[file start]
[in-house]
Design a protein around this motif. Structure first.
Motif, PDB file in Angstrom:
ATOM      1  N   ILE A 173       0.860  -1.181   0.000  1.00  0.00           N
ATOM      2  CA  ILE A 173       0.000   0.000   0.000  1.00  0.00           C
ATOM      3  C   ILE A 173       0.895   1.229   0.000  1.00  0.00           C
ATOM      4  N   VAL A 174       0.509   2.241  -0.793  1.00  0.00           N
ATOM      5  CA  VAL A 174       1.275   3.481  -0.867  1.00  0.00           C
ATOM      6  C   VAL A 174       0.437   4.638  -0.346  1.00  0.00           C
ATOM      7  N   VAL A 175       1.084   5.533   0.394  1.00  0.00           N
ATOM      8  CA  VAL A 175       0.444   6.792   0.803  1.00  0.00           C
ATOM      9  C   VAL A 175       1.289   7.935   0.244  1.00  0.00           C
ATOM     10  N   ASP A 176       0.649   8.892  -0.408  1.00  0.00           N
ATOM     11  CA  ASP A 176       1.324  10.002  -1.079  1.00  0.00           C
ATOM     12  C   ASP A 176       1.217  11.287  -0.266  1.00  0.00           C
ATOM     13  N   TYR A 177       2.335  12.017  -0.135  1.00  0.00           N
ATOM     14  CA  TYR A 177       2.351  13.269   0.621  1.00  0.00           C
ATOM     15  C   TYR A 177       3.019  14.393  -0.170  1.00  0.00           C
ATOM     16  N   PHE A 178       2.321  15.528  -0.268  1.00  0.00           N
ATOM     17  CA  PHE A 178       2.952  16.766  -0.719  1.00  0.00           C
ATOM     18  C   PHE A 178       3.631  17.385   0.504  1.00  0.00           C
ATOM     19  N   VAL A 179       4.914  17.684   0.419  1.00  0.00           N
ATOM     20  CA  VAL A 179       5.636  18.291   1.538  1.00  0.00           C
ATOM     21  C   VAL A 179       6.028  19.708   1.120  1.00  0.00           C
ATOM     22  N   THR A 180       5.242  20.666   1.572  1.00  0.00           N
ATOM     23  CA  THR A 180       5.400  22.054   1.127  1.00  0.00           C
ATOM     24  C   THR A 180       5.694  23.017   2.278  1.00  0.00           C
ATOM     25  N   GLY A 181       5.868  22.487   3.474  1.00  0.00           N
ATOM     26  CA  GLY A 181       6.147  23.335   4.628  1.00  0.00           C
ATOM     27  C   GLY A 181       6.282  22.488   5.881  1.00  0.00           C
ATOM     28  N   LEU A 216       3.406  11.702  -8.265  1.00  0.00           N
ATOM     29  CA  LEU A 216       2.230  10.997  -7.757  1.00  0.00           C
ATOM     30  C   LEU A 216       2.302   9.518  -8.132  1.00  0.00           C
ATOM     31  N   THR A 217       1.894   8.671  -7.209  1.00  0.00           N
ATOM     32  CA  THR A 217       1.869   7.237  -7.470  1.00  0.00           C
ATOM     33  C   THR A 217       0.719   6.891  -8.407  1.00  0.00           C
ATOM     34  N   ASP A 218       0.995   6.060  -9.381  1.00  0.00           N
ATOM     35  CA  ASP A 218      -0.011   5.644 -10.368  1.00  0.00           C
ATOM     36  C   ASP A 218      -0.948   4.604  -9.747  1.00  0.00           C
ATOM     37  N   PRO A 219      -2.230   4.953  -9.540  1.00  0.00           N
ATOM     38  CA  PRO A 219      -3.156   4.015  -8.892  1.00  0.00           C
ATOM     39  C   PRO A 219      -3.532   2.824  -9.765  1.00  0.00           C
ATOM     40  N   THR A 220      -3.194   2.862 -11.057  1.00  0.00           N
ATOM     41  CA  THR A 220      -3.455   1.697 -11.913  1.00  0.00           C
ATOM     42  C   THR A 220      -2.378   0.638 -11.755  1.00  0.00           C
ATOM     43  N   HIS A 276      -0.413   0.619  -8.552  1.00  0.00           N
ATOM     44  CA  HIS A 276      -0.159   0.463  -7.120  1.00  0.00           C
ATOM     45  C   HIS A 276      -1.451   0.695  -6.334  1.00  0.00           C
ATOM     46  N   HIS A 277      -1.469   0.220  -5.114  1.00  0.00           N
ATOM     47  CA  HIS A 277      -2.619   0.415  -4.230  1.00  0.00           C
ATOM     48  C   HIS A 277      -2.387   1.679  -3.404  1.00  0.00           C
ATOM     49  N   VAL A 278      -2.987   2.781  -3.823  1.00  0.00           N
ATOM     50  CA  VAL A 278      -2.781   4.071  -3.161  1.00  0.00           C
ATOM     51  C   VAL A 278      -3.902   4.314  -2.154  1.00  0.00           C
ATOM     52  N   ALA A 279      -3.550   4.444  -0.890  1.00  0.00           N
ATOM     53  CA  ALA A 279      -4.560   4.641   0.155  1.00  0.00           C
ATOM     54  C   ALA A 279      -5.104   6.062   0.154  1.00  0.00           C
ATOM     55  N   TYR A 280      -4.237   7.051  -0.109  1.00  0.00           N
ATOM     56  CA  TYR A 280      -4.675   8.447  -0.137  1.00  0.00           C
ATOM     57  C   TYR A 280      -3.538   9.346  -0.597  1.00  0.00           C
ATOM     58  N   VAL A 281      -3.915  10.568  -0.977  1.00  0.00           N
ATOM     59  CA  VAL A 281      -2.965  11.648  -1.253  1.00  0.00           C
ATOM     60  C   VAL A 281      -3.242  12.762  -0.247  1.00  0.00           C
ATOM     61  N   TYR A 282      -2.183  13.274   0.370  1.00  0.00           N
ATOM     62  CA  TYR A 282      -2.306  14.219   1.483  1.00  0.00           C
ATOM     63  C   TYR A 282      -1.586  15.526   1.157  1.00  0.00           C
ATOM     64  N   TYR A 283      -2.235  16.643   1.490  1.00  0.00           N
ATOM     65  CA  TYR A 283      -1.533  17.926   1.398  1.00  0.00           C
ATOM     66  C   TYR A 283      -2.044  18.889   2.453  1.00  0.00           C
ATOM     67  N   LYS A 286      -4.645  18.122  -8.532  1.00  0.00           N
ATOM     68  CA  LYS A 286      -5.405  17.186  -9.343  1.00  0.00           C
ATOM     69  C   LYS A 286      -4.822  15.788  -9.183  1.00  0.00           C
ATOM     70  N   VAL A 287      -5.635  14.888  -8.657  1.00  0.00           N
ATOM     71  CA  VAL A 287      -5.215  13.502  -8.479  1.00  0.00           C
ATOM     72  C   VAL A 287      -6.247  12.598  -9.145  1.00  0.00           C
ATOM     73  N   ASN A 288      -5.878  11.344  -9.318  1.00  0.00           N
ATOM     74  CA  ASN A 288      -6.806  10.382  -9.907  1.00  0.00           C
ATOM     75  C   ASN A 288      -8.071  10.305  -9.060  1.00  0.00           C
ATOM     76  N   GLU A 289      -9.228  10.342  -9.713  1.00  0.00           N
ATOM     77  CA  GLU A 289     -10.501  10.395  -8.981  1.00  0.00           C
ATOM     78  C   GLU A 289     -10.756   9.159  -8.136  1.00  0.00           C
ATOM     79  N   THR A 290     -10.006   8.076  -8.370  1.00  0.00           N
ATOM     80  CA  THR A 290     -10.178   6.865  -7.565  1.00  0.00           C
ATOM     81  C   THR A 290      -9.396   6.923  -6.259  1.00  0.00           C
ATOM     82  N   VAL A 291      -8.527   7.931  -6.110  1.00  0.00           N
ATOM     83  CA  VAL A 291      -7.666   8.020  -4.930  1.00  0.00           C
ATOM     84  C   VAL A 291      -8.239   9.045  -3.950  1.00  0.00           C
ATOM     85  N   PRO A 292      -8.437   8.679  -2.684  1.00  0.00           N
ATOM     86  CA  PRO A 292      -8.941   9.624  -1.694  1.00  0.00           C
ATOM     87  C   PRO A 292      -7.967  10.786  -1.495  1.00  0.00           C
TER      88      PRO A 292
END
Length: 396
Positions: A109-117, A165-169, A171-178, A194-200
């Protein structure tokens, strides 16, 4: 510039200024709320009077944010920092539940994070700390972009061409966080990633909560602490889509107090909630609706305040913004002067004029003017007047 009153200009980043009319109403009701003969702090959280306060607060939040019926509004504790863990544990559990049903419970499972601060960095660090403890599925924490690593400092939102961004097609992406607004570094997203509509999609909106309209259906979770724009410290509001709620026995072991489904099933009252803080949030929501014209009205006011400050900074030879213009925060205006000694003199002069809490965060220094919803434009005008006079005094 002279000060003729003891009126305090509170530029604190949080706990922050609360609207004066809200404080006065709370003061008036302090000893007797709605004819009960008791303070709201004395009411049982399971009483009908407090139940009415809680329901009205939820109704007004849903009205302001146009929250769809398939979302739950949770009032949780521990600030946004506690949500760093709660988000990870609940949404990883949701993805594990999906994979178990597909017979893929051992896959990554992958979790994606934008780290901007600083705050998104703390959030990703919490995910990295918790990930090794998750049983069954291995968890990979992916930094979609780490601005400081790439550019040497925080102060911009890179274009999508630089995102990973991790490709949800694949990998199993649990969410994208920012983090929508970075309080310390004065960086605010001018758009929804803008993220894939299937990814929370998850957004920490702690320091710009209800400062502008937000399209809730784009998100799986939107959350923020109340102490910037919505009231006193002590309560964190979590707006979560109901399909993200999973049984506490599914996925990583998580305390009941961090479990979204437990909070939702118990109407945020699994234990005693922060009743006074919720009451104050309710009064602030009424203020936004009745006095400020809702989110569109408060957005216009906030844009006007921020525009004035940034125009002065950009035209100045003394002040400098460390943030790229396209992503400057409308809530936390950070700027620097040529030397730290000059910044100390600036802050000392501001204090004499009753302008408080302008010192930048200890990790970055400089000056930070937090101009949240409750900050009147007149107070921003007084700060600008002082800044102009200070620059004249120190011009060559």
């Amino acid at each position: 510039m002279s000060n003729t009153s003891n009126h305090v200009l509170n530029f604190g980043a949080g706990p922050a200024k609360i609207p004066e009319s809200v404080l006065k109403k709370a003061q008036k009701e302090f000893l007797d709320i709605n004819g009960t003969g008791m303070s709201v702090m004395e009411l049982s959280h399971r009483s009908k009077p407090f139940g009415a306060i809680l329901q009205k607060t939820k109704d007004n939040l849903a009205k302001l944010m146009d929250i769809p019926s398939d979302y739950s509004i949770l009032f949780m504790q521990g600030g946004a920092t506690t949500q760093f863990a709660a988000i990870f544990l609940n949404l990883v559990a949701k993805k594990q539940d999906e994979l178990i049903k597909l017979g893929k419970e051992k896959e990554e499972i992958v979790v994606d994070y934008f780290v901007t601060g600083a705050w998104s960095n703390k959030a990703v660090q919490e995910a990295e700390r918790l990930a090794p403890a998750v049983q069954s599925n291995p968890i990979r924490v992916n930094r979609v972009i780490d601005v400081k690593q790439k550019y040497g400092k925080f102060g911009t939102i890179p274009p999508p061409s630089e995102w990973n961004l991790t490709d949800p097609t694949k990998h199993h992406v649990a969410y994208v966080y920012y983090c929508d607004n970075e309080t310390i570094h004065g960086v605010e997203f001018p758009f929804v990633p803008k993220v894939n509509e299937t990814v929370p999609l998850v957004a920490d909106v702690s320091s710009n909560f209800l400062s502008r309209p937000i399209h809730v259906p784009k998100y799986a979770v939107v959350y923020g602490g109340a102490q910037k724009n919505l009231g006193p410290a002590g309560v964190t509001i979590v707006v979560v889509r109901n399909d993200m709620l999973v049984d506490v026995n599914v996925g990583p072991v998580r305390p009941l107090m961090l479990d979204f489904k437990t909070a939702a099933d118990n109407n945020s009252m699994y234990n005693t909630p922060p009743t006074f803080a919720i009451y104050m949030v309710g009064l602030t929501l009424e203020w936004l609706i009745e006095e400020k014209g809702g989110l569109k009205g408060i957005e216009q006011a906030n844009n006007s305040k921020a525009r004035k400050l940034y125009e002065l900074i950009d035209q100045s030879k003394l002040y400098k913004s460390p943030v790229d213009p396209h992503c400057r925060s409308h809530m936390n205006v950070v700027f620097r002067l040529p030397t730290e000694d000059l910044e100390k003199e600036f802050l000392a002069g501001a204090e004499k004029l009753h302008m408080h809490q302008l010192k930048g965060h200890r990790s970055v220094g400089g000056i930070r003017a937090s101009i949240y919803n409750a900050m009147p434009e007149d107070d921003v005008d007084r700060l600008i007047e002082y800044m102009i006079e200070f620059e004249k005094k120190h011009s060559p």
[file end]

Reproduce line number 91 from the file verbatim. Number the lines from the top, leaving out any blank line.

TER      88      PRO A 292